Piping shall not obstruct explosion doors or tube-access doors.

4. Inlet and Outlet Piping

See below figures 8 and 9.
Flow distribution through a multipass heater is affected by the inlet and outlet manifolding. The piping arrangement at the inlet of the furnace is the more critical and requires careful attention.

4.1 Inlet Piping

Inlet piping should preferably be symmetrical and of the same length from the point where flow splits to the heater inlets. This refers to the number of bends, elbows and valves, as well as the number of straight runs of pipe and their location. piping should avoid dead-end tee branches and sharp turns. Unequal flow through any part of the heater would result in deposits of coke and overheating of tube walls.

4.2 Outlet Piping

On outlet piping, symmetry is not as critical as on the inlet; however, nonsymmetrical piping may contribute to possible coking and overheating of tubes. A nonreturn and a shutoff valve is usual at the outlet of the furnace to eliminate any reverse in the case of tube failure.

4.3 Flexibility

Because of the high temperature involved and length of pipe runs required to isolate the heaters, piping flexibility must be examined carefully. Some heater manufacturers will permit a limited amount of tube movement to take all or part of the piping expansion. This possibility should be investigated in conjunction with the Stress Department, by the Piping Design Office during the study stage. It is generally necessary to anchor the piping adjacent to the heater to remove stresses from the nozzles.

5. Burner Piping

See below figures 8 and 9.
Supply of fuel to individual burners is adjusted by individual valves. These should be so located that the burners can be operated while observing the flame through peepholes or burner openings.
All burner leads for gas and steam (atomizing) must be taken from the top of the headers, and fuel gas piping should be so arranged that there are no pockets in which condensate could collect. The fuel oil header must have full circulation; under no condition shall it be a dead-end line. Noncirculating branches to burners should be as short as possible or insulated together with atomizing steam.
A ring header around the furnace mounted a short distance above the peepholes, having vertical leads adjacent to the vertical doors to the burners, provides the greatest degree of visibility from the operator’s point of view.
Atomizing steam to be used in conjunction with fuel oil shall be taken the main steam supply header at or near the heater. Steam traps shall be provided to drain all low points in the atomizing steam system. Separate leads to each burner shall be taken from the top of the atomizing steam subheader. Shutoff valves shall be so located that they can be operated while observing the flames from the observations ports.

6. Decoking and Sootblowing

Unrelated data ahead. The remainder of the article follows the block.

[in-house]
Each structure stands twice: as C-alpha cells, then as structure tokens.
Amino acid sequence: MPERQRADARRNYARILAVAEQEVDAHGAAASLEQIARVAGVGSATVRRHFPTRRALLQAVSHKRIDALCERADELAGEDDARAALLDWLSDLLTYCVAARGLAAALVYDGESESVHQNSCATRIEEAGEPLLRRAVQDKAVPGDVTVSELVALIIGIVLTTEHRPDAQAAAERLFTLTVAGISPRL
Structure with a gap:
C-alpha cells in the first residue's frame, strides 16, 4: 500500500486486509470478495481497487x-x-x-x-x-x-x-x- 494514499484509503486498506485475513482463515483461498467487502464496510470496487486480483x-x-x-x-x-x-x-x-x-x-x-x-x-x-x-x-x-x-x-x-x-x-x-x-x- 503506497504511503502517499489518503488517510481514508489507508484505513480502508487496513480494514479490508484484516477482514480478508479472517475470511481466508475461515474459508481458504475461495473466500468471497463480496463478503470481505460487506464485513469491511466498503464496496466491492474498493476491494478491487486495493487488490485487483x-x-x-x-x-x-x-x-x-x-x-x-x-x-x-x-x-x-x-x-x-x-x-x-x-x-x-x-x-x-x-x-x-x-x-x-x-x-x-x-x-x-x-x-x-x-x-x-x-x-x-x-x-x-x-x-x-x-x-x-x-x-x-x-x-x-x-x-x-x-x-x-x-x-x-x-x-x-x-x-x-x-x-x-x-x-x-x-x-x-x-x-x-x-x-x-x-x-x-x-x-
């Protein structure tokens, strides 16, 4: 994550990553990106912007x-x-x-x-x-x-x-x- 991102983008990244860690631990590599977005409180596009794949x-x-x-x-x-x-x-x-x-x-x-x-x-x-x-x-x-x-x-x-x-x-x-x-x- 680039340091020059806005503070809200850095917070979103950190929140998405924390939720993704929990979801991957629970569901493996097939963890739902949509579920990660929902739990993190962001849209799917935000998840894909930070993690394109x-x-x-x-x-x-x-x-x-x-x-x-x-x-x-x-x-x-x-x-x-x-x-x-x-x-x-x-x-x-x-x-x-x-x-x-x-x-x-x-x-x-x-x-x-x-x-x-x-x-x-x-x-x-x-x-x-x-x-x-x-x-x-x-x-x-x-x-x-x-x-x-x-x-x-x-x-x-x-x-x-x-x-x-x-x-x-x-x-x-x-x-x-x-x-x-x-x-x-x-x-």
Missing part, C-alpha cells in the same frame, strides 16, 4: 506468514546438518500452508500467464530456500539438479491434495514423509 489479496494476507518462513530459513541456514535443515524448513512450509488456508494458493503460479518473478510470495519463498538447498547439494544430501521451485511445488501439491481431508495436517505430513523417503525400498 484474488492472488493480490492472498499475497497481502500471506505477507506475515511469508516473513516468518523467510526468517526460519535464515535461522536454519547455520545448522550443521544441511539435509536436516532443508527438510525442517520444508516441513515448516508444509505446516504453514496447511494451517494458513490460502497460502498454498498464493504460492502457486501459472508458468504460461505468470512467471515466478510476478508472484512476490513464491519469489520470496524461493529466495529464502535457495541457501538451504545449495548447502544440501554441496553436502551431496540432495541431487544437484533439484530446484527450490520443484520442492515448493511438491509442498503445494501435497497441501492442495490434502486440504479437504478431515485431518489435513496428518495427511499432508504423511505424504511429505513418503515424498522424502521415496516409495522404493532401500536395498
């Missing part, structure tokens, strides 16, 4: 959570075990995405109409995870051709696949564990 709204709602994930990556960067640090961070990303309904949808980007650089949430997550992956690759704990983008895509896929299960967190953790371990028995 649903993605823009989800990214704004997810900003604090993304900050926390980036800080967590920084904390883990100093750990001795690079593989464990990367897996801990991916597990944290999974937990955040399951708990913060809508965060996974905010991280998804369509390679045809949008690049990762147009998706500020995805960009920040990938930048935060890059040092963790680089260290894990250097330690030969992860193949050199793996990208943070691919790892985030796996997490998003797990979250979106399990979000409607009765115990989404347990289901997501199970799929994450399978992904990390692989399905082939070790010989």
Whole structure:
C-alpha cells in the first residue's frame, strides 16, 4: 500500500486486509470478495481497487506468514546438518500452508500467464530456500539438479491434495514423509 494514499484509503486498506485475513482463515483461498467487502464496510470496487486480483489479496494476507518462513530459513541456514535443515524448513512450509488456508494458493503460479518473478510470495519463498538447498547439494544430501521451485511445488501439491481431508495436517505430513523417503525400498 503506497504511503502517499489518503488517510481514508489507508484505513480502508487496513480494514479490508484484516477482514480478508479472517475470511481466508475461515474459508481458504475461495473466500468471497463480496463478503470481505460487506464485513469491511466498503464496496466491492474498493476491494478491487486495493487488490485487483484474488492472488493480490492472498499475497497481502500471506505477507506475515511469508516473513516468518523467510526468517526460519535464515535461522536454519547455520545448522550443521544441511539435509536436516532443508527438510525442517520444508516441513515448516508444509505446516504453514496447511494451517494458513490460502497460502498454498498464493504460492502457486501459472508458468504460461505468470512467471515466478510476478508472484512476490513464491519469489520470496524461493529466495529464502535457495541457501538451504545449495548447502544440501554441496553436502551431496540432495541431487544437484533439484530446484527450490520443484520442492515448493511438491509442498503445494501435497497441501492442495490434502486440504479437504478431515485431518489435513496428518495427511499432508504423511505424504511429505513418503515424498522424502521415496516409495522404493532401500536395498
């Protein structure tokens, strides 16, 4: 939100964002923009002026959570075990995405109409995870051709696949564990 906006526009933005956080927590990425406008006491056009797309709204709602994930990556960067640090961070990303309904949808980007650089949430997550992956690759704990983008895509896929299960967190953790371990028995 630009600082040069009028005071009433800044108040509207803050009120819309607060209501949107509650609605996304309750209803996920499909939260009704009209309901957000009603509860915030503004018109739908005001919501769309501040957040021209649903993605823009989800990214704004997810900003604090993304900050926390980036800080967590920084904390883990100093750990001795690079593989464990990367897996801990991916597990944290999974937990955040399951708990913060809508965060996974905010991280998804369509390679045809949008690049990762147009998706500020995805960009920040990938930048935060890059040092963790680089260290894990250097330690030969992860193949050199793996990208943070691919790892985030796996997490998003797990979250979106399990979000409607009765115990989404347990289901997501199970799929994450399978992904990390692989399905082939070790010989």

6.1 Decoking

(See below figure 12)
The internal cleaning of tubes and fittings may be accomplished by several methods. One is to circulate gas oil through the coil after the heater has been shutdown but before the coils are steamed and waterwashed and prior to the opening and start of inspection work.
This method is effective if deposits in the coil are such that they will be softened or dissolved by gas oil. When tubes are coked or contain hard deposit, other methods may be used, such as steam air decoking and mechanical cleaning for coke deposits and chemical cleaning for salt deposits. Chemical cleaning and steam air decoking are preferable as they tend to clean the tube to bare metal. The chemical cleaning process requires circulation of an inhibited acid through the coil until all deposits have been softened and removed. This is usually followed by water washing to flush all deposits from the coil. Steam air decoking process consists of the use steam, the coil. Steam air decoking process consists of the use of steam, air and heat to remove the coke. The mechanics of decoking are:
a. Shrinking and cracking the coke loose by heating tubes from outside while steam blows coke from the coil.
b. Chemical reaction of hot coke with steam.
c. Chemical reaction of coke and oxygen in air.
Steam and air services are permanently connected to the heater. The heater outlet line incorporates a swing elbow which, during the decoking operation, is disconnected from the outlet line and connected to the decoking header. Care must be taken to allow sufficient access and platforming when the swing elbows are changed over. Coke is carried by this header to the drum or sump.
In some instances it may requested by the Process Department or Client that the decoking manifold is connected to allow for reverse flow during the decoking.

6.2 Soot Blowing

In some heaters the convection section contains tubes with extended surface in the form of either fins or studs. Extended surface tubes are used to increase the convection heat transfer area at low capital cost. Because of the tendency of extended surface tubes to foul when burning heavy oils, sootblowers are usually installed.
Sootblowers employ high pressure steam to clean the tube outer surfaces of soot and other foreign material. Sootblowers may be either automatic electric motor operated by a pushbutton at grade, or manual requiring operation from a platform located at the convection bank level. Care must be taken that sufficient clearance is allowed for the withdrawal of sootblowers.
Generally heaters are supplied with sootblowing facilities in the convection section although tubes may not be of the extended surface type.

7. Instruments

7.1 Stack

a. Damper: Mechanical or pneumatically operated to control the draft through the stack.
b. Draft gauge (P and I)
c. Flue temperature (TI)
d. Orsat (O2 CO CO2 analyzer).
Instruments b., c. and d. are used to access the correct combustion conditions. Steam is supplied for the Orsat connection in the stack. Water is supplied to the O2 analyzer. Platforming for the access to the stack instruments is supplied with the heater.

7.2 Heater Body

a. Skin thermocouples or tube wall TI’s: to indicate overheating of tubes.
b. PI’s: to measure the draft pressure through the combustion section of the heater.

Figures 1-11 incl. Figure1. BOX TYPE HEATER PLAN

PROCESS PIPING BOX HEATHER


AFTER TUBES BECIME HEADED, STEAM IS INJECTED AT CONVECTION INLETS, VALVES “1”, “2”, “4” & “5” ARE CLOSED “3” IS OPEN.
TO START BURNING, STEAM FLOW IS REDUCED. AIR IS INTRODUCED BY OPENING VALVE “4”. FOR REVERSE FLOW, VALVES “2”, “3”, “4” & “6” ARE CLOSED, “1”& “5” ARE OPEN. VALVE “2” IS OPENED ONLY IF REVERSE BURNING IS REQUIRED. WHILE PASS “1” IS BEING DECOKED, STEAM IS INJECTED INTO PASS “2” TO KEEP TUBES COOL.